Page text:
Seven elementary schools in Michigan are doing away with Halloween and Valentine’s Day celebrations, and the reasons have nothing to do with the COVID-19 pandemic.
The East Lansing Public School district sent a letter to parents at the elementary schools informing them the holidays no longer will be observed due to equity and inclusion concerns.
Several reasons were listed as to why Halloween will not be celebrated, including how some families do not feel comfortable with their children participating in the festivities.
“We have young children who become overwhelmed and sometimes frightened of the costumes and others who come to school with no costume at all,” the school district said in the letter obtained by WLNS. “Each year, we also have families who either keep their children home or pick them up early from school on Halloween day.”
Instead of celebrating the holidays in normal customs, the school will find non-traditional ways. For instance, a class could measure a pumpkin as they learn about circumferences, assistant superintendent Glenn Mitcham told the Lansing State Journal.
As for Valentine’s Day, the holiday can bring “unintended consequences,” the school district said in its letter. The exchange of valentines can often lead to drama or teasing, the district said.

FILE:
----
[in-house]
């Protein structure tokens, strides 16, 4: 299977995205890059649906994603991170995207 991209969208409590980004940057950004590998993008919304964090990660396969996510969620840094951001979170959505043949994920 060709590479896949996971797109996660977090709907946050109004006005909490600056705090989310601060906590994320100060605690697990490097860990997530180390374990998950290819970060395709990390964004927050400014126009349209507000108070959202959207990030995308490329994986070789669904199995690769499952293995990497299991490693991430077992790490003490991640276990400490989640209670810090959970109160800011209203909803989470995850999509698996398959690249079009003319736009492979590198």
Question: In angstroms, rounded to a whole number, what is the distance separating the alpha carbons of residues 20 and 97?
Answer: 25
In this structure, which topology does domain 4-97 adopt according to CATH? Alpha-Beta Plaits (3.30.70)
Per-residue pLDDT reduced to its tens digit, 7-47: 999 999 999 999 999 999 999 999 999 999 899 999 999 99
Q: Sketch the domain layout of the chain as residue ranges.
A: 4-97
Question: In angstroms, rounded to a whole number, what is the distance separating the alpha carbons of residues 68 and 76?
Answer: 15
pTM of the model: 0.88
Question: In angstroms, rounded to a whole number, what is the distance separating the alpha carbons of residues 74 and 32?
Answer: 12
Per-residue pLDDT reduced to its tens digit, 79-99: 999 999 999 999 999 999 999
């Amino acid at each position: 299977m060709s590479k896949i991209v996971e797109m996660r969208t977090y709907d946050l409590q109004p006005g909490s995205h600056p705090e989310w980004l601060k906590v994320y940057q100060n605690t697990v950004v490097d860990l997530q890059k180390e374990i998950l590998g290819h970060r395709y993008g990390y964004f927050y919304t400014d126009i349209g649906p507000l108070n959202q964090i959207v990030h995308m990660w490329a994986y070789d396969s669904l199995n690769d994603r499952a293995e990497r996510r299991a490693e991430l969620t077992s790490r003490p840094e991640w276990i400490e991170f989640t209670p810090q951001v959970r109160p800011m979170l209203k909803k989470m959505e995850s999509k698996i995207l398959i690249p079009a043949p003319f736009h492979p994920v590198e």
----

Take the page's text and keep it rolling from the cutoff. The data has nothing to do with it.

“While some students bring valentines to exchange, others do not,” the letter stated. “Some families and students do not feel comfortable with the idea of boys and girls exchanging valentines or participating in a celebration that focuses on ‘love.’”
The district noted there would be disappointment with the change but said it would offer “alternative days” during the school year to provide fun for students.
Jessy Gregg, the mayor of East Lansing, said the city is not canceling any holidays. But she suggested some seasonal events that feature religious traditions could be made more welcoming.